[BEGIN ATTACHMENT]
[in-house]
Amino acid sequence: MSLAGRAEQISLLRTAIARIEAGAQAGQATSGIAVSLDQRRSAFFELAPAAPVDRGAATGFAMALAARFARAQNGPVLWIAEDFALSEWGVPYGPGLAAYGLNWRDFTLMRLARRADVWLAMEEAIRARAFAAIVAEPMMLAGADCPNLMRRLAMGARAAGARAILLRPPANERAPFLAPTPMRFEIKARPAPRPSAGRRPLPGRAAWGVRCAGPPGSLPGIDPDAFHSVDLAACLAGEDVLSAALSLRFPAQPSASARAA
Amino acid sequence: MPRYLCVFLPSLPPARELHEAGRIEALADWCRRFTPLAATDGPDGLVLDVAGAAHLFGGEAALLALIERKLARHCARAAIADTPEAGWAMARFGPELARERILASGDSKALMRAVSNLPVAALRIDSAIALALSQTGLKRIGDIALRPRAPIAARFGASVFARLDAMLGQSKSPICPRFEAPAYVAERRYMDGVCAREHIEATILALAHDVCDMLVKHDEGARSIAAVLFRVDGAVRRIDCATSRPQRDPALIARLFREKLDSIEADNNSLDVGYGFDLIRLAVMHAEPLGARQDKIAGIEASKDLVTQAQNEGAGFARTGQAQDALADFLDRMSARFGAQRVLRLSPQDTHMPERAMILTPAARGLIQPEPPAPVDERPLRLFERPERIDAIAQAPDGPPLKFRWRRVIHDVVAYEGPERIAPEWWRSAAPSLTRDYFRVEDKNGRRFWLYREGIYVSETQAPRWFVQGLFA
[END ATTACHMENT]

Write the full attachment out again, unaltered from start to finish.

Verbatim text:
[in-house]
Amino acid sequence: MSLAGRAEQISLLRTAIARIEAGAQAGQATSGIAVSLDQRRSAFFELAPAAPVDRGAATGFAMALAARFARAQNGPVLWIAEDFALSEWGVPYGPGLAAYGLNWRDFTLMRLARRADVWLAMEEAIRARAFAAIVAEPMMLAGADCPNLMRRLAMGARAAGARAILLRPPANERAPFLAPTPMRFEIKARPAPRPSAGRRPLPGRAAWGVRCAGPPGSLPGIDPDAFHSVDLAACLAGEDVLSAALSLRFPAQPSASARAA
Amino acid sequence: MPRYLCVFLPSLPPARELHEAGRIEALADWCRRFTPLAATDGPDGLVLDVAGAAHLFGGEAALLALIERKLARHCARAAIADTPEAGWAMARFGPELARERILASGDSKALMRAVSNLPVAALRIDSAIALALSQTGLKRIGDIALRPRAPIAARFGASVFARLDAMLGQSKSPICPRFEAPAYVAERRYMDGVCAREHIEATILALAHDVCDMLVKHDEGARSIAAVLFRVDGAVRRIDCATSRPQRDPALIARLFREKLDSIEADNNSLDVGYGFDLIRLAVMHAEPLGARQDKIAGIEASKDLVTQAQNEGAGFARTGQAQDALADFLDRMSARFGAQRVLRLSPQDTHMPERAMILTPAARGLIQPEPPAPVDERPLRLFERPERIDAIAQAPDGPPLKFRWRRVIHDVVAYEGPERIAPEWWRSAAPSLTRDYFRVEDKNGRRFWLYREGIYVSETQAPRWFVQGLFA